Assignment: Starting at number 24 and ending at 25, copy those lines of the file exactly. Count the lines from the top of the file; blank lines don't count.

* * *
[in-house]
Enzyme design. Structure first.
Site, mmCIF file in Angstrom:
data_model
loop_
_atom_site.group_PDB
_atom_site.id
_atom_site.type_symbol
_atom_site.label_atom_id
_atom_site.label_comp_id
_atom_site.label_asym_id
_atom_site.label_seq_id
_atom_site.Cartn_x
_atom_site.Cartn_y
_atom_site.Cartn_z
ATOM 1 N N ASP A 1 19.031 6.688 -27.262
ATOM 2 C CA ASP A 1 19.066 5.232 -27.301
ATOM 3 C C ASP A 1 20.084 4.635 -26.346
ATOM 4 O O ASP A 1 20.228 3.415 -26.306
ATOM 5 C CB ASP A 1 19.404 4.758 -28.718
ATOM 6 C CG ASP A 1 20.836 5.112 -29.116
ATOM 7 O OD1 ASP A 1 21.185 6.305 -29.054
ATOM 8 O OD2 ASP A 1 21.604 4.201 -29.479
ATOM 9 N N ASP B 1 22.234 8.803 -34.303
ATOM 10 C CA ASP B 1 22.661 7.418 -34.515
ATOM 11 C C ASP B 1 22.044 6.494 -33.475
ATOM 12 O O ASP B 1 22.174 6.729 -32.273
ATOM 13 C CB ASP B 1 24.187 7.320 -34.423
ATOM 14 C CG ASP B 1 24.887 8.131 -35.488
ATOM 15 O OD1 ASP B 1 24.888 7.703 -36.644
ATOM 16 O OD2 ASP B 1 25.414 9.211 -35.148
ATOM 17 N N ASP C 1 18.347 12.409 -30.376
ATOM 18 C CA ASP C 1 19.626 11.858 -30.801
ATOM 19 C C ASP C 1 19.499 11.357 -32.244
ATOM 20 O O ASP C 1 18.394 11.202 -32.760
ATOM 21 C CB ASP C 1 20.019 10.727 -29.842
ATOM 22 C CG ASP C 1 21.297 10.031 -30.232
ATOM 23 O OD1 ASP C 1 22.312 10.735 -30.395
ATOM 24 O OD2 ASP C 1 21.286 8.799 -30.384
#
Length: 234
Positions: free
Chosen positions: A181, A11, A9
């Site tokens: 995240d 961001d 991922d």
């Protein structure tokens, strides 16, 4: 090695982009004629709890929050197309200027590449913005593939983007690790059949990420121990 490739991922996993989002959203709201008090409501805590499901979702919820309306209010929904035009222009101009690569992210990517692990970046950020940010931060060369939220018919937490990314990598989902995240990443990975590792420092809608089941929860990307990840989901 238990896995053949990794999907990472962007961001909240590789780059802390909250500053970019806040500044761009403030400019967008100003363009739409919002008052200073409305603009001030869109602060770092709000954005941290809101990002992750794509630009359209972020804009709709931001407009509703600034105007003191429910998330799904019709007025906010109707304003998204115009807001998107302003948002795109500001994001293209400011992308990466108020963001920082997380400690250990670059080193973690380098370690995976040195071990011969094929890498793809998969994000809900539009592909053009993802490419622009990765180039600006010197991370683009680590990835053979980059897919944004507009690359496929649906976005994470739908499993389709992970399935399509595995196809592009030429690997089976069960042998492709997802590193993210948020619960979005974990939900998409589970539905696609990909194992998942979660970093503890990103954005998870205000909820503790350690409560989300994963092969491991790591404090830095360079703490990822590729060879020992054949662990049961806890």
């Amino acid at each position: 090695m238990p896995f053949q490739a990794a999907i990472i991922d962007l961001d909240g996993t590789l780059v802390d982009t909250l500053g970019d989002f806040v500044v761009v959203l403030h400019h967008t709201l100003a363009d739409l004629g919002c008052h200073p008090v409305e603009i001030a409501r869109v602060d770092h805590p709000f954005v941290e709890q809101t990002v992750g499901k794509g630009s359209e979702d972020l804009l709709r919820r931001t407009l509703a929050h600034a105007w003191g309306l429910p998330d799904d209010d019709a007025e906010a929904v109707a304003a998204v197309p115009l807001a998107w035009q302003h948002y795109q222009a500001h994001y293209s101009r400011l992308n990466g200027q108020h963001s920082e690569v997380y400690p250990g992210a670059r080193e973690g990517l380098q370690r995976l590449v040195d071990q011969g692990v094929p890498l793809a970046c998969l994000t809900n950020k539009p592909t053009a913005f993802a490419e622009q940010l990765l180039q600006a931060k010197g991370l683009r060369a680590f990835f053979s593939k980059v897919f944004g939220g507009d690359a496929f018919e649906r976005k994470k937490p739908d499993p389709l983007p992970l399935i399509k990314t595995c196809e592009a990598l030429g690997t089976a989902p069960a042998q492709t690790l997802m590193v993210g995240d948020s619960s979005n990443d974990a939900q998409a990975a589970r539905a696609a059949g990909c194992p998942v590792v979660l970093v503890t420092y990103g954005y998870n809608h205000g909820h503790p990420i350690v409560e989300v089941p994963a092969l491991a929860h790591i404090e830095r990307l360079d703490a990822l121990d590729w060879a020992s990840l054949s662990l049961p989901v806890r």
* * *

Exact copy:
ATOM 9 N N ASP B 1 22.234 8.803 -34.303
ATOM 10 C CA ASP B 1 22.661 7.418 -34.515